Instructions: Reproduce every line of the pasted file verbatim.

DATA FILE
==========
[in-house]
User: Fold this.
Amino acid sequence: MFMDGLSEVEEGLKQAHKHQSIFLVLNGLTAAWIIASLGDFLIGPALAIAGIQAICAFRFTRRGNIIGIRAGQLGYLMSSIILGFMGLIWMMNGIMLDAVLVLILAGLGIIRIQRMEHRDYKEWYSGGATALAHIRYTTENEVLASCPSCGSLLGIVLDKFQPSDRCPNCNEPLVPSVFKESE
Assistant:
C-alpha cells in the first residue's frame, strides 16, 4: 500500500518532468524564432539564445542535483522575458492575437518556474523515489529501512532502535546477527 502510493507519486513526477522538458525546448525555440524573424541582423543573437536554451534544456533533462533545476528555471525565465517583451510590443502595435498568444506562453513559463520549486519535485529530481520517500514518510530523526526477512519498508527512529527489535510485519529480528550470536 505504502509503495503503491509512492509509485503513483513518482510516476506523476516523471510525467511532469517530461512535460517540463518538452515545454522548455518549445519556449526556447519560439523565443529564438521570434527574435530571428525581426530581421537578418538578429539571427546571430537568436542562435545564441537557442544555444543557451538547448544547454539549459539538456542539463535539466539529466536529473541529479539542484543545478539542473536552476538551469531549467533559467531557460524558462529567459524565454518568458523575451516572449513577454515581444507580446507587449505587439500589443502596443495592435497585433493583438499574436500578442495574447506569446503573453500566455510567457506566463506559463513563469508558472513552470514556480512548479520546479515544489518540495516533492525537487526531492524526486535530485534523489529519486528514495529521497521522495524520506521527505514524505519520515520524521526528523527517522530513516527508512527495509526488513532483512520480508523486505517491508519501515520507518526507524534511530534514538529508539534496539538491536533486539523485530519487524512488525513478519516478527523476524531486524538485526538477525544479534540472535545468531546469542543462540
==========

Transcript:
[in-house]
User: Fold this.
Amino acid sequence: MFMDGLSEVEEGLKQAHKHQSIFLVLNGLTAAWIIASLGDFLIGPALAIAGIQAICAFRFTRRGNIIGIRAGQLGYLMSSIILGFMGLIWMMNGIMLDAVLVLILAGLGIIRIQRMEHRDYKEWYSGGATALAHIRYTTENEVLASCPSCGSLLGIVLDKFQPSDRCPNCNEPLVPSVFKESE
Assistant:
C-alpha cells in the first residue's frame, strides 16, 4: 500500500518532468524564432539564445542535483522575458492575437518556474523515489529501512532502535546477527 502510493507519486513526477522538458525546448525555440524573424541582423543573437536554451534544456533533462533545476528555471525565465517583451510590443502595435498568444506562453513559463520549486519535485529530481520517500514518510530523526526477512519498508527512529527489535510485519529480528550470536 505504502509503495503503491509512492509509485503513483513518482510516476506523476516523471510525467511532469517530461512535460517540463518538452515545454522548455518549445519556449526556447519560439523565443529564438521570434527574435530571428525581426530581421537578418538578429539571427546571430537568436542562435545564441537557442544555444543557451538547448544547454539549459539538456542539463535539466539529466536529473541529479539542484543545478539542473536552476538551469531549467533559467531557460524558462529567459524565454518568458523575451516572449513577454515581444507580446507587449505587439500589443502596443495592435497585433493583438499574436500578442495574447506569446503573453500566455510567457506566463506559463513563469508558472513552470514556480512548479520546479515544489518540495516533492525537487526531492524526486535530485534523489529519486528514495529521497521522495524520506521527505514524505519520515520524521526528523527517522530513516527508512527495509526488513532483512520480508523486505517491508519501515520507518526507524534511530534514538529508539534496539538491536533486539523485530519487524512488525513478519516478527523476524531486524538485526538477525544479534540472535545468531546469542543462540